Thursday, November 22, 2007

Kapka Kassabova, Poet

Can you tell I'm between projects ... and I have all this energy.

So I was over reading Harvey's blog and discovered a favourite poet's poem posted there.

Kapka Kassabova has been a favourite ever since she introduced me to the concept that New Zealand wasn't some continent down at the bottom the world, with her book 'All Roads Lead to the Sea'.

I thought on it some and realised this immigrant chick was entirely right and most roads in New Zealand, sooner or later, lead to the sea. My island, the South Island is about 600kms long and 200kms across approximately.

My island.

So yes ...

Anyway, Harvey had posted a poem which led me back to Kapka's website ... she's a writer now, pursuing her passion and talks of being 'professionally poor', I recognise the job description.

Here is one of her poems:


Look: the poverty of rain
Let's gather it in thimbles of patience
Then pour it out in the mud

We'll count all the worlds
to which we'll never go

We must remember memory is hope.
But quietly, for words can cut out gaps in us
so wide, we'd find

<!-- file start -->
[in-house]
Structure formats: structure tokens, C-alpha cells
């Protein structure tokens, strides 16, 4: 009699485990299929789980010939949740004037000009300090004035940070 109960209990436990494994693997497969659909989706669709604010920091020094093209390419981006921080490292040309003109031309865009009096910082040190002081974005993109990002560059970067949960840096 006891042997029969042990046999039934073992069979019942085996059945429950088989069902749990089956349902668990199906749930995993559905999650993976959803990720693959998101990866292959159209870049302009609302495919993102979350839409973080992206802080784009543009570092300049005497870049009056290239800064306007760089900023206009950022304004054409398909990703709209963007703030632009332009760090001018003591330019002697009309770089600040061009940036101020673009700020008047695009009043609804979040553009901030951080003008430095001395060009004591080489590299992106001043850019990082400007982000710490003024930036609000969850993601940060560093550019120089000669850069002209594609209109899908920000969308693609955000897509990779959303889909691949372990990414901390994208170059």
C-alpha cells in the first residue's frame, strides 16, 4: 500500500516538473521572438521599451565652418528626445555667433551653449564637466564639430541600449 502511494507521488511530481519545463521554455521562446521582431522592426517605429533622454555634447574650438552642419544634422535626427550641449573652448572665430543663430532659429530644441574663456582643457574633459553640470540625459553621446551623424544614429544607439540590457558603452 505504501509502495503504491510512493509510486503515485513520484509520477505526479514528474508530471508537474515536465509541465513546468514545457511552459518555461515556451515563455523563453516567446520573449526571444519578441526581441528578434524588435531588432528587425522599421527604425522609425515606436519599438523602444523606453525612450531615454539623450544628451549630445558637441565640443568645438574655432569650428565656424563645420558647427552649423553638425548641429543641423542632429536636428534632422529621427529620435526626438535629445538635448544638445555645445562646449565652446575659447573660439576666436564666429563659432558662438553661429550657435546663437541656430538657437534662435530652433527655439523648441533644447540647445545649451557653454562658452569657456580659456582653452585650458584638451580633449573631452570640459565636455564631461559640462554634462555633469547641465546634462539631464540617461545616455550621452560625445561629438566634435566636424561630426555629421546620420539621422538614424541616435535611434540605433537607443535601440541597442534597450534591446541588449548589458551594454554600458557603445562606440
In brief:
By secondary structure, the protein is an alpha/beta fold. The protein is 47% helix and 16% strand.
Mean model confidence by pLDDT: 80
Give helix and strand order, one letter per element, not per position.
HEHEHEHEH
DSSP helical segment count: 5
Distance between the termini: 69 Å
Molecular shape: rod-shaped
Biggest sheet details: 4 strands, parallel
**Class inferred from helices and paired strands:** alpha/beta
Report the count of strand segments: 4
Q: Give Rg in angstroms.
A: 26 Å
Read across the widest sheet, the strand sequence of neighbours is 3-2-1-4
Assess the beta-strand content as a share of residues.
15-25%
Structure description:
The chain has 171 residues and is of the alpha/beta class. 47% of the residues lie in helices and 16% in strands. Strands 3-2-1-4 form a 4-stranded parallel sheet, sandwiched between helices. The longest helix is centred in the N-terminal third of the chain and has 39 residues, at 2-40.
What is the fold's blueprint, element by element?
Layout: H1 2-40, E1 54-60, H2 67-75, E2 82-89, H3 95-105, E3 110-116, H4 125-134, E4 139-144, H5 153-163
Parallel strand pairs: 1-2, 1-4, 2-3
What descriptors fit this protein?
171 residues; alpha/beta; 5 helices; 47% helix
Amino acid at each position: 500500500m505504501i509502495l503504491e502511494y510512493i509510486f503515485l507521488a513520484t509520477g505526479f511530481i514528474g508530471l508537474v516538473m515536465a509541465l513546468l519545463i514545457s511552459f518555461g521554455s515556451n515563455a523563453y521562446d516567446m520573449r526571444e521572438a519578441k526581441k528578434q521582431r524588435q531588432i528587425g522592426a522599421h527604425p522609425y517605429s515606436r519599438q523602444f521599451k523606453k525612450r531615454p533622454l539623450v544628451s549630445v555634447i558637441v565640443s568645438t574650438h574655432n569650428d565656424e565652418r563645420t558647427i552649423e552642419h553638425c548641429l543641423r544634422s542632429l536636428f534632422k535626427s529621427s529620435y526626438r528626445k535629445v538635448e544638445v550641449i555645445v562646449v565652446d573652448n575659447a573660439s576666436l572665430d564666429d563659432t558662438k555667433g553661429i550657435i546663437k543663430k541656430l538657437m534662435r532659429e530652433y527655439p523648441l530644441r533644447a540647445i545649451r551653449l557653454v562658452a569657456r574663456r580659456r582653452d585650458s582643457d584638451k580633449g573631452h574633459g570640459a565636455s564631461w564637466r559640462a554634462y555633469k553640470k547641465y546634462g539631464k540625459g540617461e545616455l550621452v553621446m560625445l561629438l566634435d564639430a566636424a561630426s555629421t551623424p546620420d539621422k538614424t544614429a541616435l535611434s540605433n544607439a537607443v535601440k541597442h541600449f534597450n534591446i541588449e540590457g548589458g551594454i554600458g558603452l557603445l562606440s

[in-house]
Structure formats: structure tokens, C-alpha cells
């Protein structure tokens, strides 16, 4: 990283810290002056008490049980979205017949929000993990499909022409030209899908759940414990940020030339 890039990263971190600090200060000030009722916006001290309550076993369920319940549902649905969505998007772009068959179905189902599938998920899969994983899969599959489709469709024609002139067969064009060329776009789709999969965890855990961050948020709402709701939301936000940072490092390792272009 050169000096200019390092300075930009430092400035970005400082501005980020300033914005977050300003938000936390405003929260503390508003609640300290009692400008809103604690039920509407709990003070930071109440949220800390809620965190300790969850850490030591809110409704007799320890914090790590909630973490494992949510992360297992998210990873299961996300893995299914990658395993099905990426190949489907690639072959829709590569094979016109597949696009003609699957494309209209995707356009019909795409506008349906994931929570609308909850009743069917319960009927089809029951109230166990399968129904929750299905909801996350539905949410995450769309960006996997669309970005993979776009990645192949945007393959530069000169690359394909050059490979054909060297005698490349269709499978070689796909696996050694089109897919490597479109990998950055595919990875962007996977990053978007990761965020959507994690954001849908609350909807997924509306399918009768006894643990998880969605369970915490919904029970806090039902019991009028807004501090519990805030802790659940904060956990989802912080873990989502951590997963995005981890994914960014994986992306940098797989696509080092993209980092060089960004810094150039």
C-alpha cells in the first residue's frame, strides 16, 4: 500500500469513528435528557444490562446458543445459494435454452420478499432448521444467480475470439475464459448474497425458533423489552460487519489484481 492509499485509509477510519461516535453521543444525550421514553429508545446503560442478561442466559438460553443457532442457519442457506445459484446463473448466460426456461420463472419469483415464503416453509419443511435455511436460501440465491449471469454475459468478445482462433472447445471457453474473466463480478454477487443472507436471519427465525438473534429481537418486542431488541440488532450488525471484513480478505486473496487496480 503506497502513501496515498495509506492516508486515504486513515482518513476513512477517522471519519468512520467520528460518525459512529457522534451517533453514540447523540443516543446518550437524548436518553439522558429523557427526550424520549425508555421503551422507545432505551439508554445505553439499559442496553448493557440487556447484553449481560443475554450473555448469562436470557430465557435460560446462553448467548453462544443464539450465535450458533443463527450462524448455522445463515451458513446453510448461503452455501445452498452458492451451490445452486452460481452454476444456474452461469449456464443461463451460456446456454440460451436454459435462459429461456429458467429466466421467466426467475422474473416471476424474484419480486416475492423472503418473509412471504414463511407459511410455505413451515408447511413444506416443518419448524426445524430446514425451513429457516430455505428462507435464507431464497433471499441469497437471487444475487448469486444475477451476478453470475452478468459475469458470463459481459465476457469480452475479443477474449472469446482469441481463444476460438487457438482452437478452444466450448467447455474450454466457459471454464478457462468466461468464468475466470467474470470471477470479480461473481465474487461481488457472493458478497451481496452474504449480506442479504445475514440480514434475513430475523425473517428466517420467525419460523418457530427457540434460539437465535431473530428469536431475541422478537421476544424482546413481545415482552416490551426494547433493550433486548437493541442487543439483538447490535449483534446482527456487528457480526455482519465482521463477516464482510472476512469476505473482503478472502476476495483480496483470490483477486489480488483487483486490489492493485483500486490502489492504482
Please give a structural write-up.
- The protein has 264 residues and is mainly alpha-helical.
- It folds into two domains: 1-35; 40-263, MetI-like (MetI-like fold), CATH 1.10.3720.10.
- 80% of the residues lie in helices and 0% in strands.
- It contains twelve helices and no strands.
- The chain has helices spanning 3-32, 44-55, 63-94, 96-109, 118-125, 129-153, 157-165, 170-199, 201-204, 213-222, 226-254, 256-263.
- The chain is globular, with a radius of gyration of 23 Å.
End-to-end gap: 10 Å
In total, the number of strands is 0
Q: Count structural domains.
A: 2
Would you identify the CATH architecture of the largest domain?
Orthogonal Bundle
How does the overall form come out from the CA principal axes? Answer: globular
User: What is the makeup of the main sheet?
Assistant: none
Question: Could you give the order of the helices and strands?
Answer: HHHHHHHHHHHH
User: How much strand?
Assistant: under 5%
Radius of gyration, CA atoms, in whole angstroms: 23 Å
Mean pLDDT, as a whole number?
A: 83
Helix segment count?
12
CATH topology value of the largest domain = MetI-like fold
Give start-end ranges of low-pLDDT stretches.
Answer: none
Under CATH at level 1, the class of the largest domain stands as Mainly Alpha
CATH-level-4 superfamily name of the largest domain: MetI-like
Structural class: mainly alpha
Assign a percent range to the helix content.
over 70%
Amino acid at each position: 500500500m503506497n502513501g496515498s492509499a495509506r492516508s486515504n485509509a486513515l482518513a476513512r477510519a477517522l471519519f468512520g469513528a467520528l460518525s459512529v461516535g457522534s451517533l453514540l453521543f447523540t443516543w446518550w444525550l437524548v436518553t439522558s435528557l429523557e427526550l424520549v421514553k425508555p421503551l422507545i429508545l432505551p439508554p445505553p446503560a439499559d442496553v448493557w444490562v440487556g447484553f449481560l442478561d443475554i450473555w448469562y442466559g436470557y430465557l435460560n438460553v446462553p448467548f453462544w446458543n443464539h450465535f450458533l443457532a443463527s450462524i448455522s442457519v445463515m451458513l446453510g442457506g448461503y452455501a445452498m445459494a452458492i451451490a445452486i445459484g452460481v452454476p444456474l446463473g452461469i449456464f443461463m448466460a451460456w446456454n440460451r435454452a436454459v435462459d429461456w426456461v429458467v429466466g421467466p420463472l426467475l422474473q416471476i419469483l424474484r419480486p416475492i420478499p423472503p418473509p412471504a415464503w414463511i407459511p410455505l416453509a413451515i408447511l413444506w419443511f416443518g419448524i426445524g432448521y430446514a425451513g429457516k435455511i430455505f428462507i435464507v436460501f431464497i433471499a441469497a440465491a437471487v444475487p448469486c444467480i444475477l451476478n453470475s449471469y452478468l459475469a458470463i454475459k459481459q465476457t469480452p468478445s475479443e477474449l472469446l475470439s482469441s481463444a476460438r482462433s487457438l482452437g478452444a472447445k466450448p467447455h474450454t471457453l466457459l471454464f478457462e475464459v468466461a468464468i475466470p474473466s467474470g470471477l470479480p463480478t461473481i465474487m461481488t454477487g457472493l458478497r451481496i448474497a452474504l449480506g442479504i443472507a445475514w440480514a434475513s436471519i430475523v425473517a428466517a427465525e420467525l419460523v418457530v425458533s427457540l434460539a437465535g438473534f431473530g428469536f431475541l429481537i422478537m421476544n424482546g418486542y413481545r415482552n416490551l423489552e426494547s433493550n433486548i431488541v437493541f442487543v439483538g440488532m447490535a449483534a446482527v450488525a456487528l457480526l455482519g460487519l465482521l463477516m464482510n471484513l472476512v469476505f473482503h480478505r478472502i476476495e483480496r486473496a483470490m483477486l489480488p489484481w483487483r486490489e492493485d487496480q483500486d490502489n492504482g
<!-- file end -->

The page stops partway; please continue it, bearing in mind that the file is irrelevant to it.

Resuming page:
too many bodies lying there

Forget, we must forget
the memories they open up and blossom
like switch-blades in the guts

Look: this is the world we have
Too poor to hide in
Too dark to cross, too single to forget



Anonymous said...

I'm glad that you enjoyed it Di! She's a very original poet: slightly excessive in style, great imagination, never pedestrian but always on the move.

Frida said...

It has been a long time since I read anything by Kapka, thank you for the reminder, the poem and the link. PS: I also love the photo of the flag.

Di Mackey said...

Was that you Harvey, as Anon? Anyway,the poem sent me searching for her website and I was so delighted with where her road seems to be taking her these days.

Hi Frida, I have 'All Roads' back home in NZ and periodically go searching for other old favourites like Hone Tuwhare. I really have to commit and get all my books over here one day soon ...

ren.kat said...

Thanks for this!

Di Mackey said...

A pleasure, ren.kat. She's brilliant, isn't she and I loved that particular poem when I found it.